3. Write in a gratitude journal every day. This is a second way to notice the good moments in the day. “In your gratitude journal, you can write about events or write that you are grateful for the sunshine or for clean water,” Moskowitz says.
  4. Reflect on a personal strength and how you’ve used it recently. When you’re under stress, your thoughts may spiral downward and lead to self-criticism. “Instead, recall good things about yourself,” Moskowitz says. “Maybe tell yourself you are a great friend or that you’re someone smart who can come up with a plan to deal with your stress.”
  5. Set a small daily goal and note your progress. “When you feel as though you’re making progress — even if you aren’t necessarily achieving success — that increases positive emotions,” Moskowitz says. “Find the sweet spot of goal setting, something that’s not way beyond what’s possible.”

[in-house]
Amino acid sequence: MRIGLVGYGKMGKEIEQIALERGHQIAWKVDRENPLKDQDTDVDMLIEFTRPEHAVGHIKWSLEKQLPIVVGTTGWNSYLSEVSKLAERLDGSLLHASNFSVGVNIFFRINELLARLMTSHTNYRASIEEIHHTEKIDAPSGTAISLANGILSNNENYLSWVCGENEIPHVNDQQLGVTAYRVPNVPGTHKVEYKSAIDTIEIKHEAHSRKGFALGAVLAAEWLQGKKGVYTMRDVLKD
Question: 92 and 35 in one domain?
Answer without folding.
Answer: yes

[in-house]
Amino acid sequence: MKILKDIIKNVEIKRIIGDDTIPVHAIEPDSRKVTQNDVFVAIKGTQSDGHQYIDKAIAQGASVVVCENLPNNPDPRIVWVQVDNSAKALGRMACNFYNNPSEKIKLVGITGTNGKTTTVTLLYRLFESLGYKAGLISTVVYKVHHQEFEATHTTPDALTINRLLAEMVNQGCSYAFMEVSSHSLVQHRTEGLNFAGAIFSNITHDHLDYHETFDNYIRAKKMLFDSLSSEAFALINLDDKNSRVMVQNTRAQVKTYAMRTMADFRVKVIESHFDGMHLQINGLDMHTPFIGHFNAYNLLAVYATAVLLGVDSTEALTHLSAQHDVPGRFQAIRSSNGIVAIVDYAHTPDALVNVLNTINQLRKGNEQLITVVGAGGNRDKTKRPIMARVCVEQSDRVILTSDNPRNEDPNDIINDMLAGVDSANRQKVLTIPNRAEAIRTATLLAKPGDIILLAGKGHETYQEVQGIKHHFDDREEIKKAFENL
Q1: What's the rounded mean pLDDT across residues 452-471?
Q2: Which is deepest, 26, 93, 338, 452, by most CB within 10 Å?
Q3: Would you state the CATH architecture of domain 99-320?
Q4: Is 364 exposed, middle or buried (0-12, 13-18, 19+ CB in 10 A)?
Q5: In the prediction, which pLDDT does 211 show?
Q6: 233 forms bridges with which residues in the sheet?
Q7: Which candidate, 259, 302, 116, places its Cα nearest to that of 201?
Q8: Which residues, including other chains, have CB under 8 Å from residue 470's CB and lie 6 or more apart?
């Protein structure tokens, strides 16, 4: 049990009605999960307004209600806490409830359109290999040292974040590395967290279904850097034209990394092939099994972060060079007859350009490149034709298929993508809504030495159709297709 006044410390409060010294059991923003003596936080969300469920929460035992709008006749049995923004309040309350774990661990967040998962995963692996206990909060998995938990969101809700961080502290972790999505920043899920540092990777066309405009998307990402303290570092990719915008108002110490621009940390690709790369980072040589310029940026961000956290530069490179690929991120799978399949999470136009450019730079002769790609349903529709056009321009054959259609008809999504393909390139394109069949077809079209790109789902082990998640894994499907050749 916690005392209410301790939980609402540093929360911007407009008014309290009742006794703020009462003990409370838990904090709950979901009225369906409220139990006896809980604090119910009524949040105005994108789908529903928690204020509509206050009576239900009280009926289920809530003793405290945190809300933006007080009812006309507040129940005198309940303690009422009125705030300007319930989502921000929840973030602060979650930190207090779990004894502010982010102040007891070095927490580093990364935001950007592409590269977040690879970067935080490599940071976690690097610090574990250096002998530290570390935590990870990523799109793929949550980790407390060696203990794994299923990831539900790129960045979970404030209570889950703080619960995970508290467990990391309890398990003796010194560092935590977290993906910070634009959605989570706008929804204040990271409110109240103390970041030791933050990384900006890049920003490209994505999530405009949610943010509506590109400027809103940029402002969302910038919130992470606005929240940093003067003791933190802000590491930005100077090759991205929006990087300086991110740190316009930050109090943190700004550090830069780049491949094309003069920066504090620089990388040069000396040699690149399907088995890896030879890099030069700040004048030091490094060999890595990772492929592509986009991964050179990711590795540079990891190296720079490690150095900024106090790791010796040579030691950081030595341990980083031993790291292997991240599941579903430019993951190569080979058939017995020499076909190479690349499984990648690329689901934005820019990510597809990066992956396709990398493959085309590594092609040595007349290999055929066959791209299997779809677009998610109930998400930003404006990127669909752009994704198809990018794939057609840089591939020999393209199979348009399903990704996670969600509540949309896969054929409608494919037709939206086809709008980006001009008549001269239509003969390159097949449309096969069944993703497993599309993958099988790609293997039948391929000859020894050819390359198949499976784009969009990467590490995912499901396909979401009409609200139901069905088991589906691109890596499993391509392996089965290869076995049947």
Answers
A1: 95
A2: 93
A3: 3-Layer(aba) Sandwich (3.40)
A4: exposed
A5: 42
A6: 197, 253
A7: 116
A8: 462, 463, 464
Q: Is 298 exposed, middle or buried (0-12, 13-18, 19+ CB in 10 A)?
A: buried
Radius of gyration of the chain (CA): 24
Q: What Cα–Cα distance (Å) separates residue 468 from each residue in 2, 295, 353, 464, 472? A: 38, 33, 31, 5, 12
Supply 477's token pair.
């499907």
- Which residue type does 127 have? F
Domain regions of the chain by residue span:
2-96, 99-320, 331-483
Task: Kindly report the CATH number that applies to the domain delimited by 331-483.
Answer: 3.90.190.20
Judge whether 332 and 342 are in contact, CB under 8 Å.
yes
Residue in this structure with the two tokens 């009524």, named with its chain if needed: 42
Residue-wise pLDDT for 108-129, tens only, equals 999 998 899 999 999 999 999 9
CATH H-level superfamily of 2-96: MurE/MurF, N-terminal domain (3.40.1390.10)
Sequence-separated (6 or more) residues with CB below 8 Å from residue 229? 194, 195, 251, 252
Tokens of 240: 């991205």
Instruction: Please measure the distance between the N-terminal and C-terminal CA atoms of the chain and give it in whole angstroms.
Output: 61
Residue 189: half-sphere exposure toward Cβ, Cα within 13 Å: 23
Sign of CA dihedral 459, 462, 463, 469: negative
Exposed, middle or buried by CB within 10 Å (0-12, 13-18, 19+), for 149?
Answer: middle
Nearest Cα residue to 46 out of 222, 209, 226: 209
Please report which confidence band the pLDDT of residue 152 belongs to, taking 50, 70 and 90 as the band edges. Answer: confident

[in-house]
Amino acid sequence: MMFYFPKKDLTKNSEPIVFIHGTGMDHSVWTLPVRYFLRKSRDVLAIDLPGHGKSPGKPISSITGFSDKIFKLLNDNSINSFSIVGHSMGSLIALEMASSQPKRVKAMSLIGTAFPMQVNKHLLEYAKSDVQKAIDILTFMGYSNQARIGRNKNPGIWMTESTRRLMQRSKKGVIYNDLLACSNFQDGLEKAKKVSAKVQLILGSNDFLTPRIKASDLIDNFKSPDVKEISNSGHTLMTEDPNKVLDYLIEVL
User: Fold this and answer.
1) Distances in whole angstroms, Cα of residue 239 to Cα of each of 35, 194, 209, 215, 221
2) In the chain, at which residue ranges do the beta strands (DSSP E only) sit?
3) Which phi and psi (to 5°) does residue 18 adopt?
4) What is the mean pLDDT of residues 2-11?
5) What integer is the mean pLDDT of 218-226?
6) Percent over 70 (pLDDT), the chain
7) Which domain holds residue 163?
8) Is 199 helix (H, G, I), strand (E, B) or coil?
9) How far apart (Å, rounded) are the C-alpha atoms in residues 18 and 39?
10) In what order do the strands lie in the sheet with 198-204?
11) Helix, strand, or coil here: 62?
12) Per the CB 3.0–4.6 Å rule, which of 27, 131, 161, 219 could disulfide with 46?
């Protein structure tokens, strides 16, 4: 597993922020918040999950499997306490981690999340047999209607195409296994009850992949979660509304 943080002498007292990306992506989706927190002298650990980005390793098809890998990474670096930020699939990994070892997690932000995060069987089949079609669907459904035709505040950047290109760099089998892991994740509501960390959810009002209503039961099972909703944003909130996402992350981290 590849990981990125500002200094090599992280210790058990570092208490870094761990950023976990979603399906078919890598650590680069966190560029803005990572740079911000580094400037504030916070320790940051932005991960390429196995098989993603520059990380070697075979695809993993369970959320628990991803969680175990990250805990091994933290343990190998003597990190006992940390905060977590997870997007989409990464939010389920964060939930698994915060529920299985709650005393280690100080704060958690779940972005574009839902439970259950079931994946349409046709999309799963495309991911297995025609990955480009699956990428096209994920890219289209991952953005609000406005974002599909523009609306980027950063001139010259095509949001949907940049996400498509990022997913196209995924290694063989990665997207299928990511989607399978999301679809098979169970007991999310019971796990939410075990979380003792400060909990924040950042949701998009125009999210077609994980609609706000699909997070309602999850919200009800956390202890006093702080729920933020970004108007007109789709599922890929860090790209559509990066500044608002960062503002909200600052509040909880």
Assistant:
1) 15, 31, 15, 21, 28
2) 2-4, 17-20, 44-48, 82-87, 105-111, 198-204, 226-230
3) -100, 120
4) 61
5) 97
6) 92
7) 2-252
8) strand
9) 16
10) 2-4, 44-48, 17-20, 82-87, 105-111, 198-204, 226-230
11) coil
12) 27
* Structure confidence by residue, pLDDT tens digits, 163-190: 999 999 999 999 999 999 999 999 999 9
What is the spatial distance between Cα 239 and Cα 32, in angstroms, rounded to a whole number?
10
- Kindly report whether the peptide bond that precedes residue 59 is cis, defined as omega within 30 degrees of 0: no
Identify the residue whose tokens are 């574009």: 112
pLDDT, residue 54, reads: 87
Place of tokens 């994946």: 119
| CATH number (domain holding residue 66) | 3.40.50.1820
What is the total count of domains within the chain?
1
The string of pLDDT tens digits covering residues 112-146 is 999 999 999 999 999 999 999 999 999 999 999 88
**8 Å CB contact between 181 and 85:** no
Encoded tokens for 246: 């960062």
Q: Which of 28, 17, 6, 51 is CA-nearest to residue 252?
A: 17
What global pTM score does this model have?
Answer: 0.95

6. Develop a “positive reappraisal” habit to reframe a troubling daily activity in a more positive light. “How we interpret an event determines our emotional reaction to it. But there’s almost always a positive reappraisal that you can pull out of any situation, even when you start small,” Moskowitz says.
  7. Perform an act of kindness every day. This simple practice gets you outside yourself. Moskowitz notes that she always walks her shopping cart back to the storefront and also makes way for drivers attempting to merge onto the highway. Complimenting a stranger on a pretty scarf or a welcoming smile counts, too.
  8. Concentrate on the present moment. “When you’re upset, instead of rehashing what already happened or rehearsing what might happen next, pay attention instead to what’s happening in the present, what your thoughts and experiences are right now,” Moskowitz says. “When we’re more mindful, we’re more aware of positive events.”